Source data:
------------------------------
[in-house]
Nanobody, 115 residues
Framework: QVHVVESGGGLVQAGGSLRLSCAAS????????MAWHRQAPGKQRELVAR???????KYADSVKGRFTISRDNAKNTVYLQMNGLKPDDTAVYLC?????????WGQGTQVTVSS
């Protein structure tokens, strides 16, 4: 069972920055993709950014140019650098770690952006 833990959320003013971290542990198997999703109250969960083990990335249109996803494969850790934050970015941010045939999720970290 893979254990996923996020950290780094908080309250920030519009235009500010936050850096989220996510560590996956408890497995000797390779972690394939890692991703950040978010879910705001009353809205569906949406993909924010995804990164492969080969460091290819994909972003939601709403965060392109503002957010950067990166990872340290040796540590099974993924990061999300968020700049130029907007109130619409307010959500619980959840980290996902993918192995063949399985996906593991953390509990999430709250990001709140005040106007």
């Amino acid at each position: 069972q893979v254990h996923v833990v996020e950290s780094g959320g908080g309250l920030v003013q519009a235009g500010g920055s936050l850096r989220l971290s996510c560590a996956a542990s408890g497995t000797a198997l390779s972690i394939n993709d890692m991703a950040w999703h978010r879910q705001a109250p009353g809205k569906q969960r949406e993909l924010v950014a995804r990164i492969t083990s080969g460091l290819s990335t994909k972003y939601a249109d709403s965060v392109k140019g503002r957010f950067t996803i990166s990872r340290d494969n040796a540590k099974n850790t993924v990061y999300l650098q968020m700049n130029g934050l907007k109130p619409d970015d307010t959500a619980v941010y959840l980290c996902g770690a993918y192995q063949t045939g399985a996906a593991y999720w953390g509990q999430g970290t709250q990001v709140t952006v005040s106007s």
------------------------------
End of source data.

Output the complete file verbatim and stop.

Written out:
[in-house]
Nanobody, 115 residues
Framework: QVHVVESGGGLVQAGGSLRLSCAAS????????MAWHRQAPGKQRELVAR???????KYADSVKGRFTISRDNAKNTVYLQMNGLKPDDTAVYLC?????????WGQGTQVTVSS
């Protein structure tokens, strides 16, 4: 069972920055993709950014140019650098770690952006 833990959320003013971290542990198997999703109250969960083990990335249109996803494969850790934050970015941010045939999720970290 893979254990996923996020950290780094908080309250920030519009235009500010936050850096989220996510560590996956408890497995000797390779972690394939890692991703950040978010879910705001009353809205569906949406993909924010995804990164492969080969460091290819994909972003939601709403965060392109503002957010950067990166990872340290040796540590099974993924990061999300968020700049130029907007109130619409307010959500619980959840980290996902993918192995063949399985996906593991953390509990999430709250990001709140005040106007």
């Amino acid at each position: 069972q893979v254990h996923v833990v996020e950290s780094g959320g908080g309250l920030v003013q519009a235009g500010g920055s936050l850096r989220l971290s996510c560590a996956a542990s408890g497995t000797a198997l390779s972690i394939n993709d890692m991703a950040w999703h978010r879910q705001a109250p009353g809205k569906q969960r949406e993909l924010v950014a995804r990164i492969t083990s080969g460091l290819s990335t994909k972003y939601a249109d709403s965060v392109k140019g503002r957010f950067t996803i990166s990872r340290d494969n040796a540590k099974n850790t993924v990061y999300l650098q968020m700049n130029g934050l907007k109130p619409d970015d307010t959500a619980v941010y959840l980290c996902g770690a993918y192995q063949t045939g399985a996906a593991y999720w953390g509990q999430g970290t709250q990001v709140t952006v005040s106007s």